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AJNR Am J Neuroradiol. 2018 May;39(5):905-909. doi: 10.3174/ajnr.A5605. Epub 2018 Apr 12.

Under Pressure: Comparison of Aspiration Techniques for Endovascular Mechanical Thrombectomy.

Author information

1
From the Department of Diagnostic and Interventional Neuroradiology (O.N., D.W., H.M.H., M.W.), RWTH Aachen University Hospital, Aachen, Germany onikoubashman@ukaachen.de.
2
From the Department of Diagnostic and Interventional Neuroradiology (O.N., D.W., H.M.H., M.W.), RWTH Aachen University Hospital, Aachen, Germany.
3
Institute of Applied Medical Engineering (M.B.), RWTH Aachen University, Aachen, Germany.
4
Department of Neuroradiology (C.B.), University Medical Centre, Johannes Gutenberg University, Mainz, Germany.

Abstract

BACKGROUND AND PURPOSE:

Blood flow should be interrupted during mechanical thrombectomy to prevent embolization of clot fragments. The purpose of our study was to provide a handy overview of the most common aspiration devices and to quantify their flow characteristics.

MATERIALS AND METHODS:

We assessed volumetric flow rates generated by a 60-mL VacLok vacuum pressure syringe, a Pump MAX aspiration pump, and a Dominant Flex suction pump connected to the following: 1) an 8F long sheath, 2) an 8F balloon-guide catheter, 3) an ACE 64 distal aspiration catheter, and 4) an AXS Catalyst 6 Distal Access Catheter. We used a water/glycerol solution, which was kept at a constant temperature of 20°C (viscosity, 3.7 mPa · s).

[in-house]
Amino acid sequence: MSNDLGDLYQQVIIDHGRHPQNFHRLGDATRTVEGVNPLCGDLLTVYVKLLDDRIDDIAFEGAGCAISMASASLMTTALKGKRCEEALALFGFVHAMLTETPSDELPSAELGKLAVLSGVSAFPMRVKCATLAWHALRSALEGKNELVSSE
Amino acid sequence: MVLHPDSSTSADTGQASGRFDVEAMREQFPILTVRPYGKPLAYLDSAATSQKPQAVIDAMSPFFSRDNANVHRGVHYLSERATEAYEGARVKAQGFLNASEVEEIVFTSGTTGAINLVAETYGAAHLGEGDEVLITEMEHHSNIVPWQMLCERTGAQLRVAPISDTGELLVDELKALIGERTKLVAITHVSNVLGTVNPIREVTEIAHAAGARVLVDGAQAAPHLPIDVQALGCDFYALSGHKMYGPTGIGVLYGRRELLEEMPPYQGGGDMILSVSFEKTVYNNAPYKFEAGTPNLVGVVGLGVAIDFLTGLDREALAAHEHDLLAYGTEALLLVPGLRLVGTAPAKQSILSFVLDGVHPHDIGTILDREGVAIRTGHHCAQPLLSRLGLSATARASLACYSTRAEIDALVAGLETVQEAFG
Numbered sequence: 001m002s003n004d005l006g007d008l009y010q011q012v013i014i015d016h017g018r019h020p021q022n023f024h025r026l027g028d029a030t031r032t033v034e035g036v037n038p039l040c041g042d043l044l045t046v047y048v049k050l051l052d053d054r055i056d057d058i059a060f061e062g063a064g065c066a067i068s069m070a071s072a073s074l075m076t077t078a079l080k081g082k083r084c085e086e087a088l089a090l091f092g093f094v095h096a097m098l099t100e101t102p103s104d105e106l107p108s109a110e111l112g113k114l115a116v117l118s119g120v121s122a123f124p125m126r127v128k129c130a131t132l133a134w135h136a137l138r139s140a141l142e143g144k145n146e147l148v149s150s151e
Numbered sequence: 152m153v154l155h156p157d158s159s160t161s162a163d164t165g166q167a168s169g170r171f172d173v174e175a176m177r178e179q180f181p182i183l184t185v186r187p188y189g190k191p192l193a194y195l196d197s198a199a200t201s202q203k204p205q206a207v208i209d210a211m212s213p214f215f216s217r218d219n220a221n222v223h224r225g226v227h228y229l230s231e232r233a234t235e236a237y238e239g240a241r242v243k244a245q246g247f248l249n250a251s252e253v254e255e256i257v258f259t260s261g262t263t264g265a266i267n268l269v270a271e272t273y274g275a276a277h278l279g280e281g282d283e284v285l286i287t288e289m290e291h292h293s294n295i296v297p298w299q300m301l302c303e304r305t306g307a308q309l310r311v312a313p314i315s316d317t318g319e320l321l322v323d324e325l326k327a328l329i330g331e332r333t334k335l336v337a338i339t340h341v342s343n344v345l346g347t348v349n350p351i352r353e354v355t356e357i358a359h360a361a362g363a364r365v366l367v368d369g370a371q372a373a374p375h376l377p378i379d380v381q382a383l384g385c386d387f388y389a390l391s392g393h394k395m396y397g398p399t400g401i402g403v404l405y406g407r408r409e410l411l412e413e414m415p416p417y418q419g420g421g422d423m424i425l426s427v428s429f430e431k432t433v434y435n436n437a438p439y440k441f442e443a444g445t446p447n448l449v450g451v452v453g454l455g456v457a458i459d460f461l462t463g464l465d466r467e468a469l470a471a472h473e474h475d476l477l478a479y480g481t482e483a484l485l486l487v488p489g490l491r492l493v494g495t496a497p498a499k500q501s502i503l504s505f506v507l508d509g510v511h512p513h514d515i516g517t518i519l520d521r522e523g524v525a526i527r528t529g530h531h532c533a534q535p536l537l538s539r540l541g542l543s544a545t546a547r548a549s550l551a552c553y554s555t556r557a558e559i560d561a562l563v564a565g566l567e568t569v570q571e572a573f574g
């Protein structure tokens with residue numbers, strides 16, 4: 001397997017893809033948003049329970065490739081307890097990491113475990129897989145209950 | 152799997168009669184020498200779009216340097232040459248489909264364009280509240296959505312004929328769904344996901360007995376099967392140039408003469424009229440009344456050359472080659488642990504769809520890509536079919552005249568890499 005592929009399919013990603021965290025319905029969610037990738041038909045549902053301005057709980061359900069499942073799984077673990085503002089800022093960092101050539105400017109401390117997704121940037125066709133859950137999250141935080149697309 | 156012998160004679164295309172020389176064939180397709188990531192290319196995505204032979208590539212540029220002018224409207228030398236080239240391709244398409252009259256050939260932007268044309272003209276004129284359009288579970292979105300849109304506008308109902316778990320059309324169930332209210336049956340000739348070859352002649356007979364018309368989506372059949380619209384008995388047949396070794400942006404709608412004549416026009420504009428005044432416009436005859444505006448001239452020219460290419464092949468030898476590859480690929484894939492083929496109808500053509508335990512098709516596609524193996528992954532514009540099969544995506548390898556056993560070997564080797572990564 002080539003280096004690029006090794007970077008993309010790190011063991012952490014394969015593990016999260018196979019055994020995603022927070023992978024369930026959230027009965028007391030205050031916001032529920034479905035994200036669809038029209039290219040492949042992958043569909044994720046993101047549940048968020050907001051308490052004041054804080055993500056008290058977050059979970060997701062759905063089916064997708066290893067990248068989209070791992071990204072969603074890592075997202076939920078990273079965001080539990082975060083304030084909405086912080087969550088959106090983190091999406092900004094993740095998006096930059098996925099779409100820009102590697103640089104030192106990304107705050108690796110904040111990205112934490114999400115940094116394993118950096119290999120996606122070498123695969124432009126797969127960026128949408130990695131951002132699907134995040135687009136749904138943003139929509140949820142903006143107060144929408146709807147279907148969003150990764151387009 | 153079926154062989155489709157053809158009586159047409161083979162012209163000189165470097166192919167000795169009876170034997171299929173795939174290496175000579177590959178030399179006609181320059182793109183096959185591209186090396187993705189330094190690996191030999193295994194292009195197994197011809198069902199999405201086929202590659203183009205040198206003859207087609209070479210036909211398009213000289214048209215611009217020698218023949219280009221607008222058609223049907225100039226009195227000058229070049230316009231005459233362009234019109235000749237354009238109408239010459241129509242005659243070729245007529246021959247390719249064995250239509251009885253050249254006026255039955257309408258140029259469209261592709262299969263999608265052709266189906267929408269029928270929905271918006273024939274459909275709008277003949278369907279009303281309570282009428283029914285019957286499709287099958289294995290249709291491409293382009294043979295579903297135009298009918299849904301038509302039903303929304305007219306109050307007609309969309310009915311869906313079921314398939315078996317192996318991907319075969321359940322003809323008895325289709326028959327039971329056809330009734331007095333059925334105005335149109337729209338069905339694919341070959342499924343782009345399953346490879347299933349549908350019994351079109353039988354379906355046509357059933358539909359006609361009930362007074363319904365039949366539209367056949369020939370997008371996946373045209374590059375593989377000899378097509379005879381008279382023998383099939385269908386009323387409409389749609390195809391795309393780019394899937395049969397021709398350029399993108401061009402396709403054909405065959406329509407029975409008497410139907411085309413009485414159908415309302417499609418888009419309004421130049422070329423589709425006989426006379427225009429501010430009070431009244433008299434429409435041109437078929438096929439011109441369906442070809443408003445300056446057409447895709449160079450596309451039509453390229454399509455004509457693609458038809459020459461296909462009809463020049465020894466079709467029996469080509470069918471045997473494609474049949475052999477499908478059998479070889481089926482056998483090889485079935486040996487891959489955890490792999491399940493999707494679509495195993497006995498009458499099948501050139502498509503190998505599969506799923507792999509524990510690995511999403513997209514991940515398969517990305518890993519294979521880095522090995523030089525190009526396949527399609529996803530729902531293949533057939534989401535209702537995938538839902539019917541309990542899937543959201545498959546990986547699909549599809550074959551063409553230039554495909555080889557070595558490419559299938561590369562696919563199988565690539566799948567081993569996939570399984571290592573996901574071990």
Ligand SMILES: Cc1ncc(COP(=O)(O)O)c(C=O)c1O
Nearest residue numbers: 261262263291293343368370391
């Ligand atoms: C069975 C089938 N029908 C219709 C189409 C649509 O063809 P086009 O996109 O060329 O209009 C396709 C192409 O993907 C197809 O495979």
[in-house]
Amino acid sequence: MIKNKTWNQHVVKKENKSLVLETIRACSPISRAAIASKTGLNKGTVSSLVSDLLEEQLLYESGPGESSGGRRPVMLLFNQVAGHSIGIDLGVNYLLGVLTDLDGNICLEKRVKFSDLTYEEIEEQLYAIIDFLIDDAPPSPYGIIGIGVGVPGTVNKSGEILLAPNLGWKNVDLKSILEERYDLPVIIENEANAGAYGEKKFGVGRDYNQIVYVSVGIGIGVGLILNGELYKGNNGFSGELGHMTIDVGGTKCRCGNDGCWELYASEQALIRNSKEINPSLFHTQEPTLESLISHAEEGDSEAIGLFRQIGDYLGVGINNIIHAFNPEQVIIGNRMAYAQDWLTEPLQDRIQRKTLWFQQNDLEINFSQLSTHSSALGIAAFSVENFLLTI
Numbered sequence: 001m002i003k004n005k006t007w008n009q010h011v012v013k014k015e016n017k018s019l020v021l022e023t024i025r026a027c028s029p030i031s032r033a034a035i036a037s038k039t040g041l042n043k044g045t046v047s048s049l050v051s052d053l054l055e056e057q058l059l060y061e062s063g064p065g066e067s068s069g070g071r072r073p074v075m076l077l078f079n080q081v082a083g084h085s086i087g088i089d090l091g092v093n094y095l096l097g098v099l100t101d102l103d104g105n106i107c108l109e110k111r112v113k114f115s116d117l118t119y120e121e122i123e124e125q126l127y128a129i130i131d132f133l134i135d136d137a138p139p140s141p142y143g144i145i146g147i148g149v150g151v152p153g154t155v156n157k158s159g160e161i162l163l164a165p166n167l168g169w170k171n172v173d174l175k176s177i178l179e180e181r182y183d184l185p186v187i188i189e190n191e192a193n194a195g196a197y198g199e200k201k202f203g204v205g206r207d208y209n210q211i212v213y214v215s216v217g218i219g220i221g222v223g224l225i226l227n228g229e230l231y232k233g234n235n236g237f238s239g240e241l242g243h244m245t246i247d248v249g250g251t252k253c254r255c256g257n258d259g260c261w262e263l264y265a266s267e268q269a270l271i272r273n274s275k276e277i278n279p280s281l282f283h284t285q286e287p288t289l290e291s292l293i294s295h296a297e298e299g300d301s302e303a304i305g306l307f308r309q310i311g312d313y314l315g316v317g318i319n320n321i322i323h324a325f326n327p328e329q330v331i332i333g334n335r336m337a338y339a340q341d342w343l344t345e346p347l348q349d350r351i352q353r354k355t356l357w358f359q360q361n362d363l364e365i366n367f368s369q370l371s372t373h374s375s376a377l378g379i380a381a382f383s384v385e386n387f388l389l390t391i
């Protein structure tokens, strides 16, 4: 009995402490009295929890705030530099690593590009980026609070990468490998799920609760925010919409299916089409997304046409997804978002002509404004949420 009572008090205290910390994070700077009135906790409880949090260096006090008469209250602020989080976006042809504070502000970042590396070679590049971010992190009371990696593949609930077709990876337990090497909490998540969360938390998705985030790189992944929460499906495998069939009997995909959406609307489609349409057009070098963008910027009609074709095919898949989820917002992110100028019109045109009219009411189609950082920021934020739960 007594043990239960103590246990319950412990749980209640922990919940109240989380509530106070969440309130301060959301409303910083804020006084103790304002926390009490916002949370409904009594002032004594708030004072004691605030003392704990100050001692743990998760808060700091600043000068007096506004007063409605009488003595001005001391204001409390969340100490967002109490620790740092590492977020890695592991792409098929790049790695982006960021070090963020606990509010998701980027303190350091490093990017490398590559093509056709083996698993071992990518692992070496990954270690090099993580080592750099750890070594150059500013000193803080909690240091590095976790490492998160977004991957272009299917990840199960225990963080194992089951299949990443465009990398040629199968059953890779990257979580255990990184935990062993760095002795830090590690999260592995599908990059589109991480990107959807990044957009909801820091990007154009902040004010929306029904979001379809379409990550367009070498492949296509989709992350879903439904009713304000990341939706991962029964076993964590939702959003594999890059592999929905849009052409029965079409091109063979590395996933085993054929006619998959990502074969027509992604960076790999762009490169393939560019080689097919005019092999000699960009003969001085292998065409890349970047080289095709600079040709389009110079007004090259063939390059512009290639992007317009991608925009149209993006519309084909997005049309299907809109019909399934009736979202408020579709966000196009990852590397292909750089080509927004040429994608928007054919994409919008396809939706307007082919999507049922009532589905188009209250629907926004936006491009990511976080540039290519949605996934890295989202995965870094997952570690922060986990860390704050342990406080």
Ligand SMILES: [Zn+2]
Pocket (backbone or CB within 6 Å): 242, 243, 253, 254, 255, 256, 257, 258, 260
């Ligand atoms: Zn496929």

RESULTS:

Aspiration with the syringe and the Dominant Flex suction pump achieved the highest flows, whereas aspiration with the Pump MAX was significantly lower (P < .001). Resistors in the aspiration system (tubing, connectors, and so forth) restricted flows, especially when the resistance of the catheter was small (due to its large diameter) and the connected resistors became the predominant resistance (P < .001). The syringe achieved an average vacuum pressure of -90 kPa, and the resulting flow was constant during almost the entire procedure of filling the syringe.

CONCLUSIONS:

Sixty-milliliter VacLok vacuum pressure syringes and the Dominant Flex suction pump achieved high and constant flows likely sufficient to reverse blood flow during thrombectomy with an 8F sheath or balloon-guide catheter in the ICA and modern distal aspiration catheters in the MCA. The Pump MAX aspiration pump is dedicated for use with distal aspiration catheters and is unlikely to reverse blood flow in the ICA and MCA without balloon protection.

PMID:
29650784
DOI:
10.3174/ajnr.A5605

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